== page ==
Strategies: Keeping idle soldiers ready for combat

October 10, 2014

Originally published by The Portland Business Journal

A group of retired U.S. military leaders recently sounded an alarm about the rising number of service members who are in poor physical shape, posing a threat to combat readiness.

“This really is a problem that has gone unreported,” Casey W. Coane, a retired Navy rear admiral and a member of the Mission: Readiness group, told the New York Times. “And it is impacting our ability to defend this nation.”

Cambia Health Solutions has been incubating a startup for the past 18 months that is designed to address out-of-shape soldiers, especially the Weekend Warrior variety.

Basefit, a brainchild of Cambia’s in-house business incubator Innovation Force, has been partnering with military health experts to improve the health of National Guard and Army Reserves units in Oregon, Iowa, Minnesota and Illinois.

“It’s a noble cause and has economic value as well,” said Mohan Nair, Cambia’s chief innovation officer.

The Basefit team developed a program called Warrior Well, which provides soldiers and their families training in fitness, nutrition and resilience. It’s done in a team setting, delivered by one of three certified Basefit coaches with military backgrounds.

“Having a team and a coach is the secret sauce of this,” Nair said. “You can let yourself down. You can’t let the team down.”

Nair said Basefit has been running “on a shoestring.” but he declined to say how much Cambia has invested to get it off the ground. There’s no set timeline to spin it off as a separate company. Military customers are charged $1,000 to $1,500 per soldier per year, leading to revenue of less than $1 million for the year.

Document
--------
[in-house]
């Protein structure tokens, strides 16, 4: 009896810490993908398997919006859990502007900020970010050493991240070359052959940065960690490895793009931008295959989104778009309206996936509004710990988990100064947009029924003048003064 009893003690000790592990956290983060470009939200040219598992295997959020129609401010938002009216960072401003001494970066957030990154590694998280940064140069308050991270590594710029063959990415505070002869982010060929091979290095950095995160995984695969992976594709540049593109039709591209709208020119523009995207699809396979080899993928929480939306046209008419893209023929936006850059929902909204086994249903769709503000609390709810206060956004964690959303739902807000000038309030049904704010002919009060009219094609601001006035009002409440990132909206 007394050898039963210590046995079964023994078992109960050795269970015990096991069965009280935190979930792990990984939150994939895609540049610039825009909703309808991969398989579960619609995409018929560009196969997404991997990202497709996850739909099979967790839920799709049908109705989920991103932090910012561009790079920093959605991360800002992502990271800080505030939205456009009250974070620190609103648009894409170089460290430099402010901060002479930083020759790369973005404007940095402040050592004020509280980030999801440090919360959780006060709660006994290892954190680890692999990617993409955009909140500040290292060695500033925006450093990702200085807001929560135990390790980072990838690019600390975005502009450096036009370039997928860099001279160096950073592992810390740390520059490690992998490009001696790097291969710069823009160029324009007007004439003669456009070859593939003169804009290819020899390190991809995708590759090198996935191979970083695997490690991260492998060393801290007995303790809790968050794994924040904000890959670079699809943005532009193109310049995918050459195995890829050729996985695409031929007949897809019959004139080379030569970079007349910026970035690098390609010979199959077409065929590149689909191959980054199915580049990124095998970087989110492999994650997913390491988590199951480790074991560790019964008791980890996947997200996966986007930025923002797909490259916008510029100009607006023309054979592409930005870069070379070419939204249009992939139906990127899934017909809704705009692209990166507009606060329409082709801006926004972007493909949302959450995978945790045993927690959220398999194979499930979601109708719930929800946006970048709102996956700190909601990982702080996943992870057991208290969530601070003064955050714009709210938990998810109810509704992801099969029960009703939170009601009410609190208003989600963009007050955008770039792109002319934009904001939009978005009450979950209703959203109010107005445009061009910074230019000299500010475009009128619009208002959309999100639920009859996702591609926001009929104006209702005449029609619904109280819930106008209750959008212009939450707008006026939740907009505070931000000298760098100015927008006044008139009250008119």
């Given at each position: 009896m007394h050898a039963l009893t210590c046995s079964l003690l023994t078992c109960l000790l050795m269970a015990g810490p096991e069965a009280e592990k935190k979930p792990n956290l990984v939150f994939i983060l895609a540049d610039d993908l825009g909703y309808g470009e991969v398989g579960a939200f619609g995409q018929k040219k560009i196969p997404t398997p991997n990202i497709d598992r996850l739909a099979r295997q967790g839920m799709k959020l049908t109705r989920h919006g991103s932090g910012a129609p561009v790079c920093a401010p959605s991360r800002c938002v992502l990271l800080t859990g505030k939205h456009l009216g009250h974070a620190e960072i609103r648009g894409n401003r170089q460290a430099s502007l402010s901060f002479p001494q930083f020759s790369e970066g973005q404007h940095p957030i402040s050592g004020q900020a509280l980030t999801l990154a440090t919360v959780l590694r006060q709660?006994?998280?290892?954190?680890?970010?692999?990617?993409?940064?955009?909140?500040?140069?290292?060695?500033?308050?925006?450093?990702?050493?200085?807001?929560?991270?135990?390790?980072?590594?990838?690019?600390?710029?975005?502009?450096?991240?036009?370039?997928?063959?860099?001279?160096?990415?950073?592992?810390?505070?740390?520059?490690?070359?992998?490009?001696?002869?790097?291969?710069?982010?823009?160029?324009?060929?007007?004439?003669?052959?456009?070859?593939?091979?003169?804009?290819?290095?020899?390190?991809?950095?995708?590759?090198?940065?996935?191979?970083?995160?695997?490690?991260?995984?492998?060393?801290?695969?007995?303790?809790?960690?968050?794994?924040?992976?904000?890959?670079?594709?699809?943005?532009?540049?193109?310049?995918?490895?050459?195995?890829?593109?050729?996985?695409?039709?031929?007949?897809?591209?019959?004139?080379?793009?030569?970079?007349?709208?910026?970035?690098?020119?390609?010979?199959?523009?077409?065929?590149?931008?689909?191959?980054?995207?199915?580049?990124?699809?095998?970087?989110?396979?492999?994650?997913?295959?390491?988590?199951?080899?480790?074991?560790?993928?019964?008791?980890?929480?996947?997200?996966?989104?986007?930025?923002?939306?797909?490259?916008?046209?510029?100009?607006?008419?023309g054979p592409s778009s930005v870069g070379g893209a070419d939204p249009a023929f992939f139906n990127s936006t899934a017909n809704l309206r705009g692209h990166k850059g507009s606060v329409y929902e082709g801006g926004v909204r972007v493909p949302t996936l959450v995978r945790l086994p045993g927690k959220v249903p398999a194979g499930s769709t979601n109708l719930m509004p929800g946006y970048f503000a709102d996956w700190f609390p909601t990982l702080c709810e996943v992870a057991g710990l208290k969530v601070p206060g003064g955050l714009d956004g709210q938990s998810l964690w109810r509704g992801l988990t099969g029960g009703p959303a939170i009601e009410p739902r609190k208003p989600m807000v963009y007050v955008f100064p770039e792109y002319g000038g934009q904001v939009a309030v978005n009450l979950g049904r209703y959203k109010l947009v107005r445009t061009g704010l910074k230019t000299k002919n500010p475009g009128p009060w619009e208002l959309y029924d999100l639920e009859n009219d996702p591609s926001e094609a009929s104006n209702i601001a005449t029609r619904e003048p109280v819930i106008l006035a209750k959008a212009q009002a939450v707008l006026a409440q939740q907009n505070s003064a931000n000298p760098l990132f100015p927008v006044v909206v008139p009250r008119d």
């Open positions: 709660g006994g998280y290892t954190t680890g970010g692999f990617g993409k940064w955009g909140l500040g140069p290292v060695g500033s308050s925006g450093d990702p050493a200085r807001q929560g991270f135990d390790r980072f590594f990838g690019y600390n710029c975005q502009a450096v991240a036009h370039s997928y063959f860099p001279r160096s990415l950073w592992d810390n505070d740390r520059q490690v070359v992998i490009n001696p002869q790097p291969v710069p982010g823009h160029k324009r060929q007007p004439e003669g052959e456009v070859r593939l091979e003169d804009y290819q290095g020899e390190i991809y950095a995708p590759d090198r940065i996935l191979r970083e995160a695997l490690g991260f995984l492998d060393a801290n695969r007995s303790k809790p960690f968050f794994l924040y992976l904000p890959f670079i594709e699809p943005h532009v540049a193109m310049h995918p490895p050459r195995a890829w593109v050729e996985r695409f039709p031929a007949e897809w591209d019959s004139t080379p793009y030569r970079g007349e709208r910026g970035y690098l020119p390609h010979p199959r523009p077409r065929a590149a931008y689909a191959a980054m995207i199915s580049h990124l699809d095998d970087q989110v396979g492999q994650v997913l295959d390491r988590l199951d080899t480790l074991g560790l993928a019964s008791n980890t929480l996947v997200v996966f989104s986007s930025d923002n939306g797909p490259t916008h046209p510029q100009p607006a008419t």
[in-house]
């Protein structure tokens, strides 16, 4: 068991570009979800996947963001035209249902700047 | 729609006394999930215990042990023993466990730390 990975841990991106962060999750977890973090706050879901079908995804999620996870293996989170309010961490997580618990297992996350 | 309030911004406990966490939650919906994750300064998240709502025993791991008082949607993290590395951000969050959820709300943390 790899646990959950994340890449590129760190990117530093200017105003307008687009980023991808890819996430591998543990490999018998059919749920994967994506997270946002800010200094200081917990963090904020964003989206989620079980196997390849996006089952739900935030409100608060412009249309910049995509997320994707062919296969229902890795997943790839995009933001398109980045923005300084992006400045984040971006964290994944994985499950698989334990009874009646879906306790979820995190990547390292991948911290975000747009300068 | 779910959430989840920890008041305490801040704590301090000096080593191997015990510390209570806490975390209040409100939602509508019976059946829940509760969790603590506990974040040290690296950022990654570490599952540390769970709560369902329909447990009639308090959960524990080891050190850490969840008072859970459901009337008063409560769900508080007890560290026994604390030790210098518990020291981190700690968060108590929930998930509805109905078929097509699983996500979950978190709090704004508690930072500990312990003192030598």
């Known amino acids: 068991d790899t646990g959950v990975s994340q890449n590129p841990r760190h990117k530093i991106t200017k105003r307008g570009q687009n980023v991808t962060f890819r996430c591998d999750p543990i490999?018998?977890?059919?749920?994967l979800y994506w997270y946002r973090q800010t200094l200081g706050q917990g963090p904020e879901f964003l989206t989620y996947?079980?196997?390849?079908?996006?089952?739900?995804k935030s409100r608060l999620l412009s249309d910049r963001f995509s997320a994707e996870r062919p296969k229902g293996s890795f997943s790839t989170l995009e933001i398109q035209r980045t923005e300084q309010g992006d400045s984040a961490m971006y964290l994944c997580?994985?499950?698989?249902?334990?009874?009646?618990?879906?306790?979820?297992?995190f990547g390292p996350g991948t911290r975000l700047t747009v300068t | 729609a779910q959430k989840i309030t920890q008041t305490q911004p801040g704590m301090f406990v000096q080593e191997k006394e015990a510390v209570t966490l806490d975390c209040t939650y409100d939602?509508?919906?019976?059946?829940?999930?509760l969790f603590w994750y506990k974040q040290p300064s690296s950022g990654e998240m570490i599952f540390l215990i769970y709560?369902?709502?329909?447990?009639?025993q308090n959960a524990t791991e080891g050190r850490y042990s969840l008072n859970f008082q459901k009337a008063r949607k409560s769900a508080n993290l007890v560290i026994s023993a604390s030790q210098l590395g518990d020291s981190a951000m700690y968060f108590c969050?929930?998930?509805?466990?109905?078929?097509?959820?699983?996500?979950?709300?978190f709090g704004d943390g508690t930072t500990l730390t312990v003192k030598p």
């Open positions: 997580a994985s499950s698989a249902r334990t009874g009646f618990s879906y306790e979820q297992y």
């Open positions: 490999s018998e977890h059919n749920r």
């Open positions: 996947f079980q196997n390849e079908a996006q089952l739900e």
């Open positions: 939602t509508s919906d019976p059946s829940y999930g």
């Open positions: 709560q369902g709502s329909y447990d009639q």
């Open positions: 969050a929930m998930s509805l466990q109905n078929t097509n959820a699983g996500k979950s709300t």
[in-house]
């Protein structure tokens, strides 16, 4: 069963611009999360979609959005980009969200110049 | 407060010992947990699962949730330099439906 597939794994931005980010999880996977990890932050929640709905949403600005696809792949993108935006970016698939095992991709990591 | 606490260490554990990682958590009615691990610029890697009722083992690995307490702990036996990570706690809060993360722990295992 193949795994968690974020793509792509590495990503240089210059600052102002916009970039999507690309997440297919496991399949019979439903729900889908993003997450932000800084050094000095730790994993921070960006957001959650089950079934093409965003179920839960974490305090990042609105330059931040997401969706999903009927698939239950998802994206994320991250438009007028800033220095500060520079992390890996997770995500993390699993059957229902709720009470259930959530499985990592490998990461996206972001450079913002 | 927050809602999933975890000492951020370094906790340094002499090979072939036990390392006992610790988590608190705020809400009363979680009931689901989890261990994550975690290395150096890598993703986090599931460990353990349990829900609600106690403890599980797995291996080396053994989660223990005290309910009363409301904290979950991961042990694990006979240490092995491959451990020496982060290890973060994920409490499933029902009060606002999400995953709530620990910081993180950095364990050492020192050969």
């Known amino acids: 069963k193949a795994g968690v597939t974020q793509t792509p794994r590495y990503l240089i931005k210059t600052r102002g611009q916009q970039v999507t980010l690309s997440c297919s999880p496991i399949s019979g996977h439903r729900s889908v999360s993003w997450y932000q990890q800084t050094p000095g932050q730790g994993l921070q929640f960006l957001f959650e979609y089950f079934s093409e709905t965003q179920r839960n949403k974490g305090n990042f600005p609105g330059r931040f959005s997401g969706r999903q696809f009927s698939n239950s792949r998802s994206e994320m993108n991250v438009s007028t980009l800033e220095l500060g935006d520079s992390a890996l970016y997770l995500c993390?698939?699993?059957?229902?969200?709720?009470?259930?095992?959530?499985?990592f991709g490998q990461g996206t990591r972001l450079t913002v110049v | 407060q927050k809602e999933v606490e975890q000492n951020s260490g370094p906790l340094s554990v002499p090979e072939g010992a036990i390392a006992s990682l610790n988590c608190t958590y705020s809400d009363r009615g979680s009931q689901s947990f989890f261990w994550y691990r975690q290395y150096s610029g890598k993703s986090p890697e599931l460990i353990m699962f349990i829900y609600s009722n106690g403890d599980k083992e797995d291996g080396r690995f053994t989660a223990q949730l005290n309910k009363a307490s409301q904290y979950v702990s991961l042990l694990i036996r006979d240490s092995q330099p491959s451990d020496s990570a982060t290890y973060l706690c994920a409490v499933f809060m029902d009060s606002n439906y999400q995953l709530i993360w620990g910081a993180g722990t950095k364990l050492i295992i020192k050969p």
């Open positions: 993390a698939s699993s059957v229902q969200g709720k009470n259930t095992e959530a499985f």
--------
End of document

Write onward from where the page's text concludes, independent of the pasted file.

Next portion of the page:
The Basefit team began by doing some research, speaking to military leaders up and down the West Coast. What they were told is that many soldiers were struggling to pass the physical fitness test, and both obesity and overall wellness were big concerns.

The model Basefit developed uses in-person training and a technology platform. The Oregon Air National Guard 142nd Fighter Wing was the first to try it out. Over the course of the 12-month pilot, 47 Guardsmen lost 444 pounds of fat and 13 participants who had previously failed their fitness tests passed. Many of the participants achieved personal bests.

About Basefit

Basefit represents a select team of military and industry professionals focused on creating human performance training solutions that impact the total health and lifestyle of each team and participant. The men and women of our armed forces serve at the heart of this mission, hired and trained to create experiences that increase readiness and resilience. Learn more about Basefit at www.basefitready.com.